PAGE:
Ten Things Your Boss is too Busy to Tell You

You’ve heard from your boss that you’re doing a great job – and that’s probably the truth. But, if your boss had a little more time to sit down with you and talk about the difference-making steps you could take that would get you to the next level, what might he or she say? Here’s a possible list:

1. You’re doing a great job, but you’re too focused on task-based activities. I’d like to see you bring people development and service/product strategy forward. I want to see that more than your ability to manage the day-to-day. What’s your plan?

2. I don’t see a clear succession plan for you. Who are you developing as your next leader/successor?

3.a. You’ve been in this role for 2 years. I’d hate to lose you, but it’s nearly time for you to leave this group for the next step in your leadership and career growth. Where would you like to head next?


3.b. You haven’t moved to the next role because I really need you in this job. I don’t plan to move you forward anytime soon…unless you bring the topic up.

4. Outside perspective is extremely useful to generate ideas and make changes. Stay open to external resources. Don’t get held back by tunnel vision. What external resources are you reading? What classes, presentations, or conferences do you want to attend? Come pitch me on the investment.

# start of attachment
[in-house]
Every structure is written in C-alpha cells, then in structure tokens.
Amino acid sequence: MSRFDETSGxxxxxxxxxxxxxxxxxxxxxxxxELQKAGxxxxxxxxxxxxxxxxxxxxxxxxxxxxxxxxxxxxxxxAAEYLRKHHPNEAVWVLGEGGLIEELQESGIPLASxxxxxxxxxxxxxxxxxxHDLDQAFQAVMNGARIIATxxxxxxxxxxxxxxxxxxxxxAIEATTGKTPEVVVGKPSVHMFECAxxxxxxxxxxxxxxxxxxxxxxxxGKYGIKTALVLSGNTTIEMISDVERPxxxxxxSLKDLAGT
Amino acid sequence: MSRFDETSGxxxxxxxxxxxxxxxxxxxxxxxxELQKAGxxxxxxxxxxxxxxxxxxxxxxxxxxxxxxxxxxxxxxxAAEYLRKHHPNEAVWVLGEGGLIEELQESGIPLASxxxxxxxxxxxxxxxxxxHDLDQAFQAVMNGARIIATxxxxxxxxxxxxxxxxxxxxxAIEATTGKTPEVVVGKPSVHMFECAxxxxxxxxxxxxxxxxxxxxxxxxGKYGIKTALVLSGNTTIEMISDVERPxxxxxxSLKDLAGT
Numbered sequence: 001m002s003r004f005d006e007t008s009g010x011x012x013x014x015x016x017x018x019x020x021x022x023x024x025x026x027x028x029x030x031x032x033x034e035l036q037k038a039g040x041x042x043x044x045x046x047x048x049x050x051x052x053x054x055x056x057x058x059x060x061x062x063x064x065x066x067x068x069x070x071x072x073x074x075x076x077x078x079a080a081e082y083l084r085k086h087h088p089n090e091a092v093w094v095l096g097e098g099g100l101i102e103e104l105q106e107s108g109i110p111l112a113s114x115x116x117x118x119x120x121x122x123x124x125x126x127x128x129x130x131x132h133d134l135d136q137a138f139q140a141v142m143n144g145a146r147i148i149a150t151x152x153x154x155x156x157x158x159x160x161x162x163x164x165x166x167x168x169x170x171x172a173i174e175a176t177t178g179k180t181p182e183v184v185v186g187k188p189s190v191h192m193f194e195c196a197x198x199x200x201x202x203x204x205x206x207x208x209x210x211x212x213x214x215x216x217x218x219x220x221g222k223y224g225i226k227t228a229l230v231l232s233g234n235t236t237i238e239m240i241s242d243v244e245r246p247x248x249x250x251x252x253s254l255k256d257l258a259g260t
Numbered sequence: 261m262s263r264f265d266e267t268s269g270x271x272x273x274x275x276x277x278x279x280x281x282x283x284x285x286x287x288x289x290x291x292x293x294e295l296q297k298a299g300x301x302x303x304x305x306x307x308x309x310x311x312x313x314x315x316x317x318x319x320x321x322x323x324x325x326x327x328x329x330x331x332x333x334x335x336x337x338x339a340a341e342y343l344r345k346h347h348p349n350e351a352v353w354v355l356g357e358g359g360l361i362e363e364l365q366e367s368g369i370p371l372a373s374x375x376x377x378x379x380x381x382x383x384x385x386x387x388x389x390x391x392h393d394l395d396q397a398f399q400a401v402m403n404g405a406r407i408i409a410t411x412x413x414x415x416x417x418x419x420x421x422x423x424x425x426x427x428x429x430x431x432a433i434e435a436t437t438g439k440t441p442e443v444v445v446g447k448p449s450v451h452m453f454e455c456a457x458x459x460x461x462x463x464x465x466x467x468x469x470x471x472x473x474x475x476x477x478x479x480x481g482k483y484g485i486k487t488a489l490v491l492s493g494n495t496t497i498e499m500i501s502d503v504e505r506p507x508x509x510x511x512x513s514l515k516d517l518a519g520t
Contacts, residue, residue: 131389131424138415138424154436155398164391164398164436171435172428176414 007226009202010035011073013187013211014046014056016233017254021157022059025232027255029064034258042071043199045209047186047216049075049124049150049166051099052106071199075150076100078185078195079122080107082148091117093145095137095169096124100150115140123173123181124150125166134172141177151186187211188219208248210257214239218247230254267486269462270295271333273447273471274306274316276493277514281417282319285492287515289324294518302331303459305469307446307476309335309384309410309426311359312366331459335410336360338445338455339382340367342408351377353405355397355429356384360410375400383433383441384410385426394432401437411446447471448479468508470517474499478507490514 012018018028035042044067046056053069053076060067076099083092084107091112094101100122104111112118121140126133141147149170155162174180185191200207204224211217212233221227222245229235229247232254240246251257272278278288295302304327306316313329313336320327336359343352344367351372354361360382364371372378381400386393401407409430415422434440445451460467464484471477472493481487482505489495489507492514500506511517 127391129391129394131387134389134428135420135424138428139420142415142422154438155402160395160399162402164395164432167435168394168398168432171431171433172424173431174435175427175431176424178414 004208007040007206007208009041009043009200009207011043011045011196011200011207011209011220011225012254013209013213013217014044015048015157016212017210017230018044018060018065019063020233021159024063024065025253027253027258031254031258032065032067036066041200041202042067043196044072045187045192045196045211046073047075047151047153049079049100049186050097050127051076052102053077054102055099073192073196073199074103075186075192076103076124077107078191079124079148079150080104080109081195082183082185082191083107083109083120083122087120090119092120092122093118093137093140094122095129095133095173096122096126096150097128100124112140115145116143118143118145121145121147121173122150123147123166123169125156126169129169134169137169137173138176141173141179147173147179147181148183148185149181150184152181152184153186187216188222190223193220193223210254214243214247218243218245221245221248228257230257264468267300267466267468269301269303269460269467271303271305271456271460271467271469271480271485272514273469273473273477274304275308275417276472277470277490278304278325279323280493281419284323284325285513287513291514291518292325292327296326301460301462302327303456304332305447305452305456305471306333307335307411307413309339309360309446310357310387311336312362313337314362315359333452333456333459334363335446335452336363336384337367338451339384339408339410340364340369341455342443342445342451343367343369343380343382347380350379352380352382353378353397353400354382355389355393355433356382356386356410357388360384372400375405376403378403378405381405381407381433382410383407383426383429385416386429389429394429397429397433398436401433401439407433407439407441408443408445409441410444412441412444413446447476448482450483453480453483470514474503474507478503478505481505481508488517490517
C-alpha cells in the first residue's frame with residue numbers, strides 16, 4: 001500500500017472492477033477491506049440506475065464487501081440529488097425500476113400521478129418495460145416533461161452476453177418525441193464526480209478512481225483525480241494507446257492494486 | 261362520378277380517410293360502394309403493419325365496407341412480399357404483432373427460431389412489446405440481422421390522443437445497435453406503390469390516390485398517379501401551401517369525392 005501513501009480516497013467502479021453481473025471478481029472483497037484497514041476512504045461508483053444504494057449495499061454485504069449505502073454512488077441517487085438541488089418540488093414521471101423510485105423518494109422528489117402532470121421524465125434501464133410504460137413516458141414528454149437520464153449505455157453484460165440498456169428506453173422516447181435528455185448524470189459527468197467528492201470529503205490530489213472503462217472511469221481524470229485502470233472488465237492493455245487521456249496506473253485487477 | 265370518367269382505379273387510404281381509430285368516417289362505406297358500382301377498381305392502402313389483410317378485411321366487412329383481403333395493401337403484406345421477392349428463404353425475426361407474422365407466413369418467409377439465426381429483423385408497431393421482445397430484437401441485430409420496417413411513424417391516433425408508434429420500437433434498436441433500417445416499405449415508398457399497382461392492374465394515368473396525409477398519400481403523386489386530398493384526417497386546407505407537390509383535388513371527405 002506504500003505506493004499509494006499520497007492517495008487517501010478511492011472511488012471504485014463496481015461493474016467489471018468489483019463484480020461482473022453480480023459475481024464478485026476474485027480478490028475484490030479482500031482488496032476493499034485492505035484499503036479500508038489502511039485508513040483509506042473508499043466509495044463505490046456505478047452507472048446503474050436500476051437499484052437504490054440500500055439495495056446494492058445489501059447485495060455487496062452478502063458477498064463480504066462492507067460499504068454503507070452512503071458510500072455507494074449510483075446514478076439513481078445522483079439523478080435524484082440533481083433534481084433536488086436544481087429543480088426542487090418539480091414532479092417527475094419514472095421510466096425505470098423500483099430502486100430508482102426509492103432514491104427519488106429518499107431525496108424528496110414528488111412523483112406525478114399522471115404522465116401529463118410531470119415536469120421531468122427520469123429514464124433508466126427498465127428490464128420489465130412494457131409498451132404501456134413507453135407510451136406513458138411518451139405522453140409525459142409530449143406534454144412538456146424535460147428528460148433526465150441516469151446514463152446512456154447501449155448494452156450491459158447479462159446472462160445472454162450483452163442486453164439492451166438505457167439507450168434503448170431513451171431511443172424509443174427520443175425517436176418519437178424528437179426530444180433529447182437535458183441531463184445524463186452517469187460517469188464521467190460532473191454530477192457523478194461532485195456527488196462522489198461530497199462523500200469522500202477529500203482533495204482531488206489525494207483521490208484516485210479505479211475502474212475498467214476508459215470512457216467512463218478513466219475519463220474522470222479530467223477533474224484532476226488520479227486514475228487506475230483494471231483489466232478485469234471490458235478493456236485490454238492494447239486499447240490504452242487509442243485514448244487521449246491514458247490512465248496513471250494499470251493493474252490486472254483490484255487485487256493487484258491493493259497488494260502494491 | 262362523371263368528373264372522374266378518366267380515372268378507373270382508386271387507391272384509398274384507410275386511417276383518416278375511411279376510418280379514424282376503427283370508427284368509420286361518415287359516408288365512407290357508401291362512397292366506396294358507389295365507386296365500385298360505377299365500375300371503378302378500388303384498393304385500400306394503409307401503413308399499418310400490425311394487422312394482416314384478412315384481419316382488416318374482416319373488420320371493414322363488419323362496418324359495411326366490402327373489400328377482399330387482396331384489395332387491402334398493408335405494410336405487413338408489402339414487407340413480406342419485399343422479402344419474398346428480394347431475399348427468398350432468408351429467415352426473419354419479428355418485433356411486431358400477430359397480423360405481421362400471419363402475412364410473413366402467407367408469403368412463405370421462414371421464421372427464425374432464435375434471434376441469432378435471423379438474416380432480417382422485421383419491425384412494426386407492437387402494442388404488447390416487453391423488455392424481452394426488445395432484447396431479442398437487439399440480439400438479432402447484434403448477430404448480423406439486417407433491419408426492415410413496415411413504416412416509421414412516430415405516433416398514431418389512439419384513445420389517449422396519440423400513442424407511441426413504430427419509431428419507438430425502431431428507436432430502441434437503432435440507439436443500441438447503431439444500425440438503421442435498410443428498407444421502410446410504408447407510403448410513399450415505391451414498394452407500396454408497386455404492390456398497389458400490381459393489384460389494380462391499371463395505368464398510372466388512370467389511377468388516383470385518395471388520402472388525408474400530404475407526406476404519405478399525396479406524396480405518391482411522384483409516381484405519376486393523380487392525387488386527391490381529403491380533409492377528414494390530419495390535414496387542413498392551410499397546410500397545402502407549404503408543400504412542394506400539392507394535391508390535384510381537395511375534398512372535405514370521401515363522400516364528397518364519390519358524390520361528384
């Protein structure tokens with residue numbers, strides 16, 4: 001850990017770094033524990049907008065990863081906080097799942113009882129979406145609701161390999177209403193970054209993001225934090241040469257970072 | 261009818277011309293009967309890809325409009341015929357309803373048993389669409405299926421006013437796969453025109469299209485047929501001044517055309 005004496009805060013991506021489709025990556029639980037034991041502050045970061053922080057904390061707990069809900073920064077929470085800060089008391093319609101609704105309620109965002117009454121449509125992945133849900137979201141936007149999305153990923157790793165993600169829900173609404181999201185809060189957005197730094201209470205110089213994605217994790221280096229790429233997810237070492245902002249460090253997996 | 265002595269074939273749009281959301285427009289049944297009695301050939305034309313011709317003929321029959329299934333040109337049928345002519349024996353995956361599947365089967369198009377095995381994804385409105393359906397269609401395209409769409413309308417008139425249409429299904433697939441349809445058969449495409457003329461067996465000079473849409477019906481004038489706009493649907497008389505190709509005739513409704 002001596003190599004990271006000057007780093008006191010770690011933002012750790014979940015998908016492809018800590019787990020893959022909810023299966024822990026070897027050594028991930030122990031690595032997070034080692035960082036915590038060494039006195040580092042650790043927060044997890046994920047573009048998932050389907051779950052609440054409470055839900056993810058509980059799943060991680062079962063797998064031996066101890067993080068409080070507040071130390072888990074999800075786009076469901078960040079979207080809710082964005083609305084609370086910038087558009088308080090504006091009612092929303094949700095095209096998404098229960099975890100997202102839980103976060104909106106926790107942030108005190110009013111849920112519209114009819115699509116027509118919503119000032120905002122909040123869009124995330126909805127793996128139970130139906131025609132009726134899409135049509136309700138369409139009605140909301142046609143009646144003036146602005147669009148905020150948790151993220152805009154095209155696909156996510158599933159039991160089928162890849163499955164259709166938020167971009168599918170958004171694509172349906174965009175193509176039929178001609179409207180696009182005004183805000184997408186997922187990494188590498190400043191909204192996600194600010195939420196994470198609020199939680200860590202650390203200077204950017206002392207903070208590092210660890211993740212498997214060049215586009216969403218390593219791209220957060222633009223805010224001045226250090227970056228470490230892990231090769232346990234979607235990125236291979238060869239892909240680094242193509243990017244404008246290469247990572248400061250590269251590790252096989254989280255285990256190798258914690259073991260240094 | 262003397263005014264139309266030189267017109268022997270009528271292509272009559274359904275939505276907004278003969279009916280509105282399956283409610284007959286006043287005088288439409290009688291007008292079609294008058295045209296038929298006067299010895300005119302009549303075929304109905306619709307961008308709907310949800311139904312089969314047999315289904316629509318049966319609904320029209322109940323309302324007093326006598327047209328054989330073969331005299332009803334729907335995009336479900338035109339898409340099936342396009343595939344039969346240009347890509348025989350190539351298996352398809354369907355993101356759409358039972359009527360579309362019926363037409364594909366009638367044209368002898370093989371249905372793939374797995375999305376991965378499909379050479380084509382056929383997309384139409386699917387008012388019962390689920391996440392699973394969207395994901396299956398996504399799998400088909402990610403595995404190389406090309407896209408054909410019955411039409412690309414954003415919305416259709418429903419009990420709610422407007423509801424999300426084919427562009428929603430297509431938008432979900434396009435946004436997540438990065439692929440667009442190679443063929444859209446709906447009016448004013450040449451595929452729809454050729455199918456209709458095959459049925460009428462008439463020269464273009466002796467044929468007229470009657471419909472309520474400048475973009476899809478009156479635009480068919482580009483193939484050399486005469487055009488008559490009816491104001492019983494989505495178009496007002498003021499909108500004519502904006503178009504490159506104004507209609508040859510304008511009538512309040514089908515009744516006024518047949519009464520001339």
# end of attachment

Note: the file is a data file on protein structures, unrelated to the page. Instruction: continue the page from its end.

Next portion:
5. You haven’t taken a vacation in a while. Take a 3-day weekend at least every 6 weeks and wait no longer than 3 months for a 5-day break.

6. I know you think you can “fix” team member [insert name], but they aren’t the right fit. You should have had them on an exit plan a while ago.

7. There’s a big difference in the level of contributions of a manager compared to a director compared to that of a vice president. There’s a lot more that I need to see from you in the form of strategy and innovation to recommend that you receive a promotion. But, these are also areas that I won’t coach you in. The next step is yours to navigate.

8. Your team is comprised of the colleagues at your peer level. They are just as important to lead as the team you’re directly responsible for. I’m waiting for a leader to emerge among this group … your move.

9. Your salary increase will be 3-8%…until you pitch me for more.

10. At some point, I’ll be moving on. You could be my successor, but we won’t know until you make your interest known.

Could any of these discussion points apply to you? If so, take this week to think about how you plan to raise the topic for discussion with your boss.

Next week, we’ll talk about the pros and cons of remaining an individual contributor compared to leading and managing a team.

– Jackie Simon

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